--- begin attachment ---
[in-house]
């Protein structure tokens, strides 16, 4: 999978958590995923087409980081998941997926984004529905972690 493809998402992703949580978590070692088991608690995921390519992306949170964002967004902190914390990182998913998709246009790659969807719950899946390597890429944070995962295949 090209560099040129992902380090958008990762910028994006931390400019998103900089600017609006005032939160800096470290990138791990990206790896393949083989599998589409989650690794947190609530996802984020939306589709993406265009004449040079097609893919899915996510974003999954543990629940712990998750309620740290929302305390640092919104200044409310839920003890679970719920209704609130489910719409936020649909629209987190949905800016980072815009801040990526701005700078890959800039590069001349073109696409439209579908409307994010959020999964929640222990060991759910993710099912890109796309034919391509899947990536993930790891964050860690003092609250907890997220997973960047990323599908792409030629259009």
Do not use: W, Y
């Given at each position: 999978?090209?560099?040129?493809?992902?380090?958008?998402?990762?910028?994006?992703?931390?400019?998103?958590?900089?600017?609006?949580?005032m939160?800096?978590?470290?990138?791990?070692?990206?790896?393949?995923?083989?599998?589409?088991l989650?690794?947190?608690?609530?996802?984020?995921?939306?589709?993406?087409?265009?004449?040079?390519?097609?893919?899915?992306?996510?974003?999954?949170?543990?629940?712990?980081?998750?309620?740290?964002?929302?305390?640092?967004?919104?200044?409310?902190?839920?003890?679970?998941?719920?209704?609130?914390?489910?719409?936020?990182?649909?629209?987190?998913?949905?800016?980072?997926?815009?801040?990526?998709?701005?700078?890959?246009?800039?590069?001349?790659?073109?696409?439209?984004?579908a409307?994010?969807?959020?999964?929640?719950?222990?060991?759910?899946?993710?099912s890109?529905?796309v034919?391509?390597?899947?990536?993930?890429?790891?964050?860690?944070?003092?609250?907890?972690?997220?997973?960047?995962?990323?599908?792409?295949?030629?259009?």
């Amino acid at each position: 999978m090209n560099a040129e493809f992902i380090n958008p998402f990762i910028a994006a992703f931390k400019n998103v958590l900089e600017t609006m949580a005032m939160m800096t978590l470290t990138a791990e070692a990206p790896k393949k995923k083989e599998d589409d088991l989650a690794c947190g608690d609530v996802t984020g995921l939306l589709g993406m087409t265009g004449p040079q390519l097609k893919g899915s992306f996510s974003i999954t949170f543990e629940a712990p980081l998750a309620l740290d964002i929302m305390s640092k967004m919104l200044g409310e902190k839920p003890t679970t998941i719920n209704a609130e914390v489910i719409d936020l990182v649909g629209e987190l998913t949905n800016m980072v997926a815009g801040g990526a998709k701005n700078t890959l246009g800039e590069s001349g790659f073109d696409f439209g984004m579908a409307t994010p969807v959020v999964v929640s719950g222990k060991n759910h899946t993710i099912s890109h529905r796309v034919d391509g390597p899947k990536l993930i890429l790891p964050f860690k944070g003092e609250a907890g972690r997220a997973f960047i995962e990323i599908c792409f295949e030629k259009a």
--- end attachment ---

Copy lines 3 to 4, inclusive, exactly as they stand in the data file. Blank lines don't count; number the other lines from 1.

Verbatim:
Do not use: W, Y
């Given at each position: 999978?090209?560099?040129?493809?992902?380090?958008?998402?990762?910028?994006?992703?931390?400019?998103?958590?900089?600017?609006?949580?005032m939160?800096?978590?470290?990138?791990?070692?990206?790896?393949?995923?083989?599998?589409?088991l989650?690794?947190?608690?609530?996802?984020?995921?939306?589709?993406?087409?265009?004449?040079?390519?097609?893919?899915?992306?996510?974003?999954?949170?543990?629940?712990?980081?998750?309620?740290?964002?929302?305390?640092?967004?919104?200044?409310?902190?839920?003890?679970?998941?719920?209704?609130?914390?489910?719409?936020?990182?649909?629209?987190?998913?949905?800016?980072?997926?815009?801040?990526?998709?701005?700078?890959?246009?800039?590069?001349?790659?073109?696409?439209?984004?579908a409307?994010?969807?959020?999964?929640?719950?222990?060991?759910?899946?993710?099912s890109?529905?796309v034919?391509?390597?899947?990536?993930?890429?790891?964050?860690?944070?003092?609250?907890?972690?997220?997973?960047?995962?990323?599908?792409?295949?030629?259009?």